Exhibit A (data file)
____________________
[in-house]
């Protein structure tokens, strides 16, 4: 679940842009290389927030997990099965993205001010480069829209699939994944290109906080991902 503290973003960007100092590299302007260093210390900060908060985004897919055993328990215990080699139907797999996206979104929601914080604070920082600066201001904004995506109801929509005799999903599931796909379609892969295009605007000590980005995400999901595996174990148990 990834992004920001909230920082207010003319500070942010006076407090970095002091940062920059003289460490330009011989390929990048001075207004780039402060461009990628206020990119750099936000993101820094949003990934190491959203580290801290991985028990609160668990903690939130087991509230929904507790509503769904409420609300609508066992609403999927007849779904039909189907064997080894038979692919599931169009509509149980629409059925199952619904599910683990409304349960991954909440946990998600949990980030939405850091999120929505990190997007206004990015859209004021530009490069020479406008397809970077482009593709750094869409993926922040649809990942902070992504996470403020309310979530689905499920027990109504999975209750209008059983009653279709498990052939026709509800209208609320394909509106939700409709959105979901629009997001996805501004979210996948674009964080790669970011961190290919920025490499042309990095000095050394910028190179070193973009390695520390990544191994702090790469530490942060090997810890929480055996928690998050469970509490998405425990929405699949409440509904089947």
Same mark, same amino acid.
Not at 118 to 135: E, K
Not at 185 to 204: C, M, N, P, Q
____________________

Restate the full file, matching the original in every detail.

[in-house]
């Protein structure tokens, strides 16, 4: 679940842009290389927030997990099965993205001010480069829209699939994944290109906080991902 503290973003960007100092590299302007260093210390900060908060985004897919055993328990215990080699139907797999996206979104929601914080604070920082600066201001904004995506109801929509005799999903599931796909379609892969295009605007000590980005995400999901595996174990148990 990834992004920001909230920082207010003319500070942010006076407090970095002091940062920059003289460490330009011989390929990048001075207004780039402060461009990628206020990119750099936000993101820094949003990934190491959203580290801290991985028990609160668990903690939130087991509230929904507790509503769904409420609300609508066992609403999927007849779904039909189907064997080894038979692919599931169009509509149980629409059925199952619904599910683990409304349960991954909440946990998600949990980030939405850091999120929505990190997007206004990015859209004021530009490069020479406008397809970077482009593709750094869409993926922040649809990942902070992504996470403020309310979530689905499920027990109504999975209750209008059983009653279709498990052939026709509800209208609320394909509106939700409709959105979901629009997001996805501004979210996948674009964080790669970011961190290919920025490499042309990095000095050394910028190179070193973009390695520390990544191994702090790469530490942060090997810890929480055996928690998050469970509490998405425990929405699949409440509904089947």
Same mark, same amino acid.
Not at 118 to 135: E, K
Not at 185 to 204: C, M, N, P, Q